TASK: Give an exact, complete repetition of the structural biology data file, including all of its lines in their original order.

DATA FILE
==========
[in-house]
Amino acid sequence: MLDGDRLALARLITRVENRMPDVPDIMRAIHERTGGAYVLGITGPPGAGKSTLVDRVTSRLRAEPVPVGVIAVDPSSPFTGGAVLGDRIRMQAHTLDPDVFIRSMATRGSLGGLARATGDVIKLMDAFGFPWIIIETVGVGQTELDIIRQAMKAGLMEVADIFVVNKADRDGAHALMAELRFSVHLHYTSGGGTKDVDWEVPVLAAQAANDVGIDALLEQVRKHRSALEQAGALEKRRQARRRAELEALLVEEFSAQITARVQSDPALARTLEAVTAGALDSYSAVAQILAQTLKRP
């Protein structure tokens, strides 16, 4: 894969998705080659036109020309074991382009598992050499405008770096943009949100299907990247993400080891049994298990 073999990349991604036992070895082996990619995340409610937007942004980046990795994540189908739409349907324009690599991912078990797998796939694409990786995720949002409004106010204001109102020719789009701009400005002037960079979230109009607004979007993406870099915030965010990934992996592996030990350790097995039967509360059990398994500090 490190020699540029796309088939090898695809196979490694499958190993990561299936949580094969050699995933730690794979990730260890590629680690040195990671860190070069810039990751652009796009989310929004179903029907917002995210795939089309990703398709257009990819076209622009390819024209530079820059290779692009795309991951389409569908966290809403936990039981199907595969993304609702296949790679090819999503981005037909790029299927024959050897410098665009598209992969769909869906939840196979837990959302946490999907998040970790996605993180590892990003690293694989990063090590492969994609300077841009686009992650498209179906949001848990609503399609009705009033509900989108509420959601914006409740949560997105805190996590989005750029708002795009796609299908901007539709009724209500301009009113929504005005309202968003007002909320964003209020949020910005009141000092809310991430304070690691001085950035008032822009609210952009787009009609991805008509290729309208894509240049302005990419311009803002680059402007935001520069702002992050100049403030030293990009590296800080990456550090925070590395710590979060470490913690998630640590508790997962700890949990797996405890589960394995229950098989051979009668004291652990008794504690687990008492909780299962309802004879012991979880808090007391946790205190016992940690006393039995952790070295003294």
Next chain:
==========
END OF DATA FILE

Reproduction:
[in-house]
Amino acid sequence: MLDGDRLALARLITRVENRMPDVPDIMRAIHERTGGAYVLGITGPPGAGKSTLVDRVTSRLRAEPVPVGVIAVDPSSPFTGGAVLGDRIRMQAHTLDPDVFIRSMATRGSLGGLARATGDVIKLMDAFGFPWIIIETVGVGQTELDIIRQAMKAGLMEVADIFVVNKADRDGAHALMAELRFSVHLHYTSGGGTKDVDWEVPVLAAQAANDVGIDALLEQVRKHRSALEQAGALEKRRQARRRAELEALLVEEFSAQITARVQSDPALARTLEAVTAGALDSYSAVAQILAQTLKRP
């Protein structure tokens, strides 16, 4: 894969998705080659036109020309074991382009598992050499405008770096943009949100299907990247993400080891049994298990 073999990349991604036992070895082996990619995340409610937007942004980046990795994540189908739409349907324009690599991912078990797998796939694409990786995720949002409004106010204001109102020719789009701009400005002037960079979230109009607004979007993406870099915030965010990934992996592996030990350790097995039967509360059990398994500090 490190020699540029796309088939090898695809196979490694499958190993990561299936949580094969050699995933730690794979990730260890590629680690040195990671860190070069810039990751652009796009989310929004179903029907917002995210795939089309990703398709257009990819076209622009390819024209530079820059290779692009795309991951389409569908966290809403936990039981199907595969993304609702296949790679090819999503981005037909790029299927024959050897410098665009598209992969769909869906939840196979837990959302946490999907998040970790996605993180590892990003690293694989990063090590492969994609300077841009686009992650498209179906949001848990609503399609009705009033509900989108509420959601914006409740949560997105805190996590989005750029708002795009796609299908901007539709009724209500301009009113929504005005309202968003007002909320964003209020949020910005009141000092809310991430304070690691001085950035008032822009609210952009787009009609991805008509290729309208894509240049302005990419311009803002680059402007935001520069702002992050100049403030030293990009590296800080990456550090925070590395710590979060470490913690998630640590508790997962700890949990797996405890589960394995229950098989051979009668004291652990008794504690687990008492909780299962309802004879012991979880808090007391946790205190016992940690006393039995952790070295003294």
Next chain: